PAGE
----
RAD Letter to WVDEP and EPA regarding Stormwater Permit #WVR108876

RAD Letter to WVDEP and EPA
regarding Stormwater Permit #WVR108876

August 13, 2019 

Dear Acting Director Emery-Fultineer, 

I want to call your attention to the West Virginia Department of Environmental Protection (WVDEP) Stormwater Permit #WVR108876, currently under review for reissuance by the Division of Waste and Water Management (DWWM). We contest Rockwool’s permit re-issuance on two grounds:

  1. The proposed new Limits of Disturbance (LOD) involve removing land once approved as within the LOD, but now said to have never been touched, then adding new acreage of land to be disturbed, such that the LOD limit stays just barely under the 100 acre limit; we believe Rockwool is pursuing this modification of the LOD in order to avoid triggering a public review. We have evidence that the site’s LOD is more than 100 acres. As the disturbed areas now exceed 100 acres, the permit is no longer eligible for reissuance in the absence of a mandatory public comment and review process. 

ACTION:  The DWWM must confirm the actual Limits of Disturbance (LOD) with a site visit and inspection of the Rockwool construction site. An inspection by WVDEP will reveal what we know to be true, that Rockwool is disturbing more than 100 acres, and as such, the re-issuance process must take place with public review. 

  1. The timeline of site grading construction exceeds the regulatory limit of 1 year. This also triggers the required public review–a fact noted by the DWWM permit reviewer who on 7/19/2019 wrote:  “Revise relative time of construction activities to include construction of proposed bioretention area. Check the box Yes since the grading phase of construction will last for longer than 1 year. The project will be sent out to public notice. If yes, you must fill out the Statement For Billing Form.” Rockwool has filled out the form but refused to sign and notarize. Again, they are attempting to evade the required public review.

ACTION:  The DWWM must not re-issue this permit without requiring Rockwool to sign and notarize the Statement for Billing Form, so the newspaper public notice can be posted and the 30 day review period commence.  

Details:

Construction at the Rockwool site began in November 2017 and has disturbed more than 100 acres; this exceeds both the time limit (one year) for continued grading activities and the Limits of Disturbance (LOD) specified in the original permit (98.9 acres). The increase in disturbed area was not reported to DEP in the re-issuance process; this raises red flags that the permit should not be be reissued without the necessary public comment period and allowance for a public hearing. One especially egregious example of Rockwool’s LOD manipulation is the removal of a portion of Granny Smith Road from the LOD, with a claim that this area had never been disturbed, when in fact, the road was re-graveled in April 2019 and subject to considerable disturbance when the natural gas line utility was installed within the LOD.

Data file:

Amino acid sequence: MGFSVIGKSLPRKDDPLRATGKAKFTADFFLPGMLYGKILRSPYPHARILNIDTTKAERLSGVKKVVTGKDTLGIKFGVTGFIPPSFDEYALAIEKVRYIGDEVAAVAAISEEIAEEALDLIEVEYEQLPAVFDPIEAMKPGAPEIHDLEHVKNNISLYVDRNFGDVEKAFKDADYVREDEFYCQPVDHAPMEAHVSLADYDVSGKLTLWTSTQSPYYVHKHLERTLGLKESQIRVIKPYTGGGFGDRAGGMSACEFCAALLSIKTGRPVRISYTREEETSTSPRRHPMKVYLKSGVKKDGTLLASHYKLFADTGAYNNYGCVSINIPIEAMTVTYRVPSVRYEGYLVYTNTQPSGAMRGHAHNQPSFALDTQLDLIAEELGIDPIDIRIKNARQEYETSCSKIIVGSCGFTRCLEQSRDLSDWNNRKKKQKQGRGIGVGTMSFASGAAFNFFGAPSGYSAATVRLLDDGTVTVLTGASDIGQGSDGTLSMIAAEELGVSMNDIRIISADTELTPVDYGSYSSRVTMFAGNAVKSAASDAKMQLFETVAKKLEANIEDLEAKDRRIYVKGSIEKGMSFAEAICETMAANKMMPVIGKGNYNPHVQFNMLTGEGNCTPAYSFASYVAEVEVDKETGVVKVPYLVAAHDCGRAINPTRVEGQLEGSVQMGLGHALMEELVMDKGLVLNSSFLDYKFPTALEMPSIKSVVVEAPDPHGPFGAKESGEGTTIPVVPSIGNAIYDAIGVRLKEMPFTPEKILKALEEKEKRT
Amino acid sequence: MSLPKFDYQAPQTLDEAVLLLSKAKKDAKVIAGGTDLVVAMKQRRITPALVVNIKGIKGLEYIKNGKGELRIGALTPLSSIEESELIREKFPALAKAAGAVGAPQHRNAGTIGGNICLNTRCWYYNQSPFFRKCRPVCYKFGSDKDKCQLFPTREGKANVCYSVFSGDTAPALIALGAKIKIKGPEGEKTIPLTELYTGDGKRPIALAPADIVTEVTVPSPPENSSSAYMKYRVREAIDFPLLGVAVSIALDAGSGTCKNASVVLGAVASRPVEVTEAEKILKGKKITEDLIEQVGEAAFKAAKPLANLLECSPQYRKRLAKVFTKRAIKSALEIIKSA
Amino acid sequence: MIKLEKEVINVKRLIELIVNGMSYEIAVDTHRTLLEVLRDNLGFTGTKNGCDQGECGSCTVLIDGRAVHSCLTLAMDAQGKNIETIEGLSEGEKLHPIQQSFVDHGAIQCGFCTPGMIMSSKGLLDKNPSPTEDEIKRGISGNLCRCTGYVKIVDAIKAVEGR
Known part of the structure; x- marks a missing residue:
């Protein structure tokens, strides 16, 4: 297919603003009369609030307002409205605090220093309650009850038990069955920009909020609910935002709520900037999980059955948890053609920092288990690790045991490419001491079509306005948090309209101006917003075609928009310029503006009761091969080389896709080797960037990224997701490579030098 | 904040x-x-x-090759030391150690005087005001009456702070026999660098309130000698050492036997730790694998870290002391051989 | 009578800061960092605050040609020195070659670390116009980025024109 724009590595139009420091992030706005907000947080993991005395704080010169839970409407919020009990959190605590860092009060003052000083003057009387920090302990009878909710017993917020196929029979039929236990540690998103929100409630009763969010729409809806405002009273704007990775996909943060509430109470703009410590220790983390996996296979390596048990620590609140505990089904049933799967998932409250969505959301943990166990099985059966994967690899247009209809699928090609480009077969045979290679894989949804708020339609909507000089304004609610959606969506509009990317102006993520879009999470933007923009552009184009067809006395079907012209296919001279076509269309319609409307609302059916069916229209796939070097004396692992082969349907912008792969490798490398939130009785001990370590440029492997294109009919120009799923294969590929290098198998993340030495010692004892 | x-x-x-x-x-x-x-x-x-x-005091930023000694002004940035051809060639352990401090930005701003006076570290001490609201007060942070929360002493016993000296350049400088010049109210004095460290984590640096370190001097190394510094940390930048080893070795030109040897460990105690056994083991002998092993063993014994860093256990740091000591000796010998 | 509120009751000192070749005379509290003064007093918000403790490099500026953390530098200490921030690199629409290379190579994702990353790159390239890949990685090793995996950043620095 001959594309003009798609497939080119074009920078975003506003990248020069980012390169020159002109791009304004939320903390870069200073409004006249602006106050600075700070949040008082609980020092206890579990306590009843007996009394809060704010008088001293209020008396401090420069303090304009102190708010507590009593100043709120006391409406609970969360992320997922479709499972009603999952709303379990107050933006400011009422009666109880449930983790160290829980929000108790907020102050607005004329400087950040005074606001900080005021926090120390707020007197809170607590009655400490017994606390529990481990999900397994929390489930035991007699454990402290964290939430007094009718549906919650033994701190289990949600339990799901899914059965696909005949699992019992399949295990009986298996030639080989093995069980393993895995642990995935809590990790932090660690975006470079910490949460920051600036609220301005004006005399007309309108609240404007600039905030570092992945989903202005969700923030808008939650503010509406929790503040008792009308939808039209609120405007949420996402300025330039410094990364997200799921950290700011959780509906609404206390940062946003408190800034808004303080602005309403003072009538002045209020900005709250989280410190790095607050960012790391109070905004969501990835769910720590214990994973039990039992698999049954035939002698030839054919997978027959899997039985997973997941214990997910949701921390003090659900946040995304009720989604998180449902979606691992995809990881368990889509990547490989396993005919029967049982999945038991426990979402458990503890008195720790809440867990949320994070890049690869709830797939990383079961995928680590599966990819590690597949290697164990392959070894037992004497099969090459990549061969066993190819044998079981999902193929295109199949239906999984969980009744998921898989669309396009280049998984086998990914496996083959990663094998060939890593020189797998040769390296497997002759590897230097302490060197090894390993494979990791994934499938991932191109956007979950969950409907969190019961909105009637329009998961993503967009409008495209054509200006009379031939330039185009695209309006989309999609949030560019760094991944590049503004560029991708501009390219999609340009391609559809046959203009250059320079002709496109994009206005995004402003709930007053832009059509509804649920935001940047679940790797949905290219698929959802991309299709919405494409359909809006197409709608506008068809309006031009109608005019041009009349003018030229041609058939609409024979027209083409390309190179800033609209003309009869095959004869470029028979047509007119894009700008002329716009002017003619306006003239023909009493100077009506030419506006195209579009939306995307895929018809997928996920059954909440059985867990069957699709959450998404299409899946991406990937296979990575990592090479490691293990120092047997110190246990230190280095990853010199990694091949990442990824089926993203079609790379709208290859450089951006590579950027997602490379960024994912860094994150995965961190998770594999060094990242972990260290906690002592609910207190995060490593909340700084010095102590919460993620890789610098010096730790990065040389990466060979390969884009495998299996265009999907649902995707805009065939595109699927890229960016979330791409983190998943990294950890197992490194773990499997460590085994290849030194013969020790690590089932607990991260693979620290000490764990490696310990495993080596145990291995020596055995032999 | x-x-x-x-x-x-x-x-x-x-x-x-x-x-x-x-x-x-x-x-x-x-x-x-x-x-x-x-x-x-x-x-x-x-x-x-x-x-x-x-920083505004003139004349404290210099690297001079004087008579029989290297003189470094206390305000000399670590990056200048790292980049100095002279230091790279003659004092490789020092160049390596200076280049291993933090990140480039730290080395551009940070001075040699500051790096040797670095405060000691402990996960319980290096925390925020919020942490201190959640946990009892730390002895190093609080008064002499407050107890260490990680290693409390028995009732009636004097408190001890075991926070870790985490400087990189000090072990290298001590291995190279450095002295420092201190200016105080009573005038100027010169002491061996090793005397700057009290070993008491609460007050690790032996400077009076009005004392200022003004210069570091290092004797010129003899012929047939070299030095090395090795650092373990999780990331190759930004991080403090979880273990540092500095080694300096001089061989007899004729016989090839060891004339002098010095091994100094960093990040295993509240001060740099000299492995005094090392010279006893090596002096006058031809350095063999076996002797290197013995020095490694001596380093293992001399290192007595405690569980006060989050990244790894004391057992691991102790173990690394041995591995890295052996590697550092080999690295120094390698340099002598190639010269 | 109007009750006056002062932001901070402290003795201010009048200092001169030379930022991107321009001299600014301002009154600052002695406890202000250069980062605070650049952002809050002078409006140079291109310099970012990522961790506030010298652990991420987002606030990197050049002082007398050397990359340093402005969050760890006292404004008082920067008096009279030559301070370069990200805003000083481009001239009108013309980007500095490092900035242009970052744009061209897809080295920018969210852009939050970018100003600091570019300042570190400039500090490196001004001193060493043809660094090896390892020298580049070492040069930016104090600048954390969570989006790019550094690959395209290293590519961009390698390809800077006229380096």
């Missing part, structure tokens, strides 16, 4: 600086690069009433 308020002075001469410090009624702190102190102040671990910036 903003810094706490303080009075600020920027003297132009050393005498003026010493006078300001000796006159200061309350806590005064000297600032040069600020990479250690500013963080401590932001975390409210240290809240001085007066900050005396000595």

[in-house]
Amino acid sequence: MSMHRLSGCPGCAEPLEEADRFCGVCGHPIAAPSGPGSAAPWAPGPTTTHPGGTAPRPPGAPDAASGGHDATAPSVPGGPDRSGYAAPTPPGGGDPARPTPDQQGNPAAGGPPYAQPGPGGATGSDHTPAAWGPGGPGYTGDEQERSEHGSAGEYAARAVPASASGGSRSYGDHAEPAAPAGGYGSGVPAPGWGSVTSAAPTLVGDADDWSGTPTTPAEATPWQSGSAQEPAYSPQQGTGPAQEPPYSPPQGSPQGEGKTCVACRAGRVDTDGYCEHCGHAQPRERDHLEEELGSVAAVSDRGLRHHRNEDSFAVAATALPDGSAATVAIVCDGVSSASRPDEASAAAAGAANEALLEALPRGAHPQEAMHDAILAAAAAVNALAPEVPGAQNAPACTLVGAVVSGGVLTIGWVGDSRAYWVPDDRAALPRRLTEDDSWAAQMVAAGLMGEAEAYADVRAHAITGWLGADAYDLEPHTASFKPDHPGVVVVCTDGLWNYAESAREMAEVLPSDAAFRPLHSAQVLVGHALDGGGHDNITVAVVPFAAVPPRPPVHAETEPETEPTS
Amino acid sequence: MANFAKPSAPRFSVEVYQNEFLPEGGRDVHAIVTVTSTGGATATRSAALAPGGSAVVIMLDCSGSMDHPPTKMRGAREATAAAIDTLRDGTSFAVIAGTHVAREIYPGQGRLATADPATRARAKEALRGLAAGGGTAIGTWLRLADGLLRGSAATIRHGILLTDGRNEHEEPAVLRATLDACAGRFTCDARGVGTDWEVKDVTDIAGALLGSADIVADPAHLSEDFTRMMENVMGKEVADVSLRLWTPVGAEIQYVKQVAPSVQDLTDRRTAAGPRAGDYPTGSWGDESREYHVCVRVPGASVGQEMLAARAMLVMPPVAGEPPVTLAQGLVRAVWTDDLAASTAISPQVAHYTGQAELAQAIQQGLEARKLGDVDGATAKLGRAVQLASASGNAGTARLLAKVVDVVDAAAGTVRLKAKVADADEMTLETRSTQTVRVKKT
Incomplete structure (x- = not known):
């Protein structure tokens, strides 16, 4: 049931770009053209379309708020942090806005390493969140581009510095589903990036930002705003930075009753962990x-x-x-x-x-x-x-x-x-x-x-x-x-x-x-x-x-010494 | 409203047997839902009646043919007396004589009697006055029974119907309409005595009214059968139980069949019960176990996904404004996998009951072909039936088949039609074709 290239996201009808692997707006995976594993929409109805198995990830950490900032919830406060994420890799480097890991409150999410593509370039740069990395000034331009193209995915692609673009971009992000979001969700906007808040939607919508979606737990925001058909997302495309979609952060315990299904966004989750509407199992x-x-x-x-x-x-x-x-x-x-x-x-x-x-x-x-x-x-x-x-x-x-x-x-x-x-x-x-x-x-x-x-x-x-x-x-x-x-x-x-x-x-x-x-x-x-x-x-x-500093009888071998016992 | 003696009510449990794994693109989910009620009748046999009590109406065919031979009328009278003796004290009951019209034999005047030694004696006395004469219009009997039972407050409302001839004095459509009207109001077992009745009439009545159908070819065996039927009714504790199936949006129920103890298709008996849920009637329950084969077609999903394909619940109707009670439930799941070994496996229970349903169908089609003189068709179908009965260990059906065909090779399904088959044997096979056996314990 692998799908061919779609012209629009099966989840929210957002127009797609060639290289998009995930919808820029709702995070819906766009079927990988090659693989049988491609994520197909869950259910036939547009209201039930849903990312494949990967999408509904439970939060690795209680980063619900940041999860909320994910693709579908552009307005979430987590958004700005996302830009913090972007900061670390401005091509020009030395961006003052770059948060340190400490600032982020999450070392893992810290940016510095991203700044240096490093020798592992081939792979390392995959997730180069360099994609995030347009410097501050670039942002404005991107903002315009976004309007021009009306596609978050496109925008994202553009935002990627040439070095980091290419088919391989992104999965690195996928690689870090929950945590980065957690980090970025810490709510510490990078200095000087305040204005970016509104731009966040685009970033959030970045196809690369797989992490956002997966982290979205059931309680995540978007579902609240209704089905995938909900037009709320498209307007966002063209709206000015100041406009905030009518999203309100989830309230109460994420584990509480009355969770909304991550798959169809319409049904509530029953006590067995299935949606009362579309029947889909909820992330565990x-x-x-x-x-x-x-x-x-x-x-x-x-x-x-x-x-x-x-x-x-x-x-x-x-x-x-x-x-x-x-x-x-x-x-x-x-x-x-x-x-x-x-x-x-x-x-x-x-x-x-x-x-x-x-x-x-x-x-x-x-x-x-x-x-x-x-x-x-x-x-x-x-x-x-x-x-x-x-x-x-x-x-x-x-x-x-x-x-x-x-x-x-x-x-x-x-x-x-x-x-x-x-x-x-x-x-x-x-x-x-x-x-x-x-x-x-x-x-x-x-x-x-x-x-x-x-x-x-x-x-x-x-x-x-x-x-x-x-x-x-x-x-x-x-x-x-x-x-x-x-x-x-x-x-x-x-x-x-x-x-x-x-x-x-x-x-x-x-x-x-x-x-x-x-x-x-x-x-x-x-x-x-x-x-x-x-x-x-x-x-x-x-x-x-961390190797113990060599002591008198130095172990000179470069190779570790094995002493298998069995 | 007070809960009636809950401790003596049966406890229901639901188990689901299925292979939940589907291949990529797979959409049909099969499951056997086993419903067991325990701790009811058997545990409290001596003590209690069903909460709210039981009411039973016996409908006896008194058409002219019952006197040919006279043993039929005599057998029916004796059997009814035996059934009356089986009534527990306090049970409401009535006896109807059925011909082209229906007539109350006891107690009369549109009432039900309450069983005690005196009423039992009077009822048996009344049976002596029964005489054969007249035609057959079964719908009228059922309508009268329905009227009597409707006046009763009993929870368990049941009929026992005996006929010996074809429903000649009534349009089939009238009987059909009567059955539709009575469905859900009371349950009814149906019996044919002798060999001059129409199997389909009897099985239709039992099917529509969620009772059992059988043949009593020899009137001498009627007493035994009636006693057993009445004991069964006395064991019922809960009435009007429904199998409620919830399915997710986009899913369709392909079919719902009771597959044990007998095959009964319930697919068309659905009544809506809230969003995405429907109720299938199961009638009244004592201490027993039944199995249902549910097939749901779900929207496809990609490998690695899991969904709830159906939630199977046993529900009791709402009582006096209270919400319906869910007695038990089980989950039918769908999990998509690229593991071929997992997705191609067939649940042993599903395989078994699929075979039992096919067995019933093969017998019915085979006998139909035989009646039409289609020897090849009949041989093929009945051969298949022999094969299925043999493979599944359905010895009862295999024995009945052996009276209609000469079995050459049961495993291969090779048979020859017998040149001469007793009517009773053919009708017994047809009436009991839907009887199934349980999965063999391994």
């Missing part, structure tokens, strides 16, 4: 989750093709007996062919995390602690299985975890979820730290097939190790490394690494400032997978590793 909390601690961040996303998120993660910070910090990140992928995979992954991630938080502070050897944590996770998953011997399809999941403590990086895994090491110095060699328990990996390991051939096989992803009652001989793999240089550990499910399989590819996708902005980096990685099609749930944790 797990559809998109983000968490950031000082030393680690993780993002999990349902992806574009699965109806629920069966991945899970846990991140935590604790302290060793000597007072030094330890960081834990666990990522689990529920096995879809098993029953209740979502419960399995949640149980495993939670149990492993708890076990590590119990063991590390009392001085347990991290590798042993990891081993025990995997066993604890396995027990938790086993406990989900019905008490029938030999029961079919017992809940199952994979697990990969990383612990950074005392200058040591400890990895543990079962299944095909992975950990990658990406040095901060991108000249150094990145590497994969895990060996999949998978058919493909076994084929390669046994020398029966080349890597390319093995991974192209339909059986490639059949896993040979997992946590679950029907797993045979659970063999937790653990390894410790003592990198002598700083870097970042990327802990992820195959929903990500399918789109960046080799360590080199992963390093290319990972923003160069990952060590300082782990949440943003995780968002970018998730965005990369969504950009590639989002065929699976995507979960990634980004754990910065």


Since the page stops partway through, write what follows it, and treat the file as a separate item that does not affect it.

Permit guidelines specifically state that, “Disturbed area” is the total area of land-disturbing activity that will take place during all phases of a construction project, including, but not limited to, all waste and borrow sites, utility installation, road building, mass grading, and site development. Rockwool failed to identify the JUI water line installation which crossed Rockwool site areas marked as outside the LOD, as well as the Mountaineer natural gas line that preceded both within what DEP previously accepted as Rockwool’s LOD (Granny Smith Lane and now discounted by Rockwool) and then along the site’s western property line (thus increasing Rockwool’s LOD significantly).

Moreover, the build-out of Northport Avenue, which is contiguous to the Rockwool site and is being built specifically to provide access to the Rockwool factory certainly constitutes a “Common plan of development”– a contiguous construction project where multiple separate and distinct construction activities may be taking place at different times on different schedules but under one plan. The “plan” is broadly defined as any announcement or piece of documentation or physical demarcation indicating construction activities may occur on a specific plot. That specific plot is the entirety of the Jefferson Orchards Industrial Park, a site much larger than 100 acres. 

Conclusion: 

We insist that this permit accurately report the LOD and follow the protocols necessitated by a construction site of over 100 acres. This is a simple issue of properly acknowledging the true size of this project with an inspection and following WVDEP’s own procedures for permitting a construction site. In addition, any effort to allow Rockwool to continue grading beyond the one year limit without a public review process violates the Clean Water Act’s clear instructions to not allow state-issued NPDES permits to be less protective that federally-issued permits.

Therefore, please carry out the following actions: 

  1. Halt the permit re-issuance process until an on-site inspection can be made. 
  2. Have WVDEP personnel visit the site and inspect Rockwool’s proposed LOD to confirm that it is, in fact, more than 100 acres. 
  3. Require that Rockwool sign and notarize the Statement of Billing form to commence the 30 day review period.
  4. Require permit reissuance to proceed under the mandatory 30 day public comment period and review process, including the possible need for a public hearing.

Thank you for your consideration and we look forward to hearing how the WVDEP DWWM plans to proceed with this permit. 

Sincerely, 

Rural Agricultural Defenders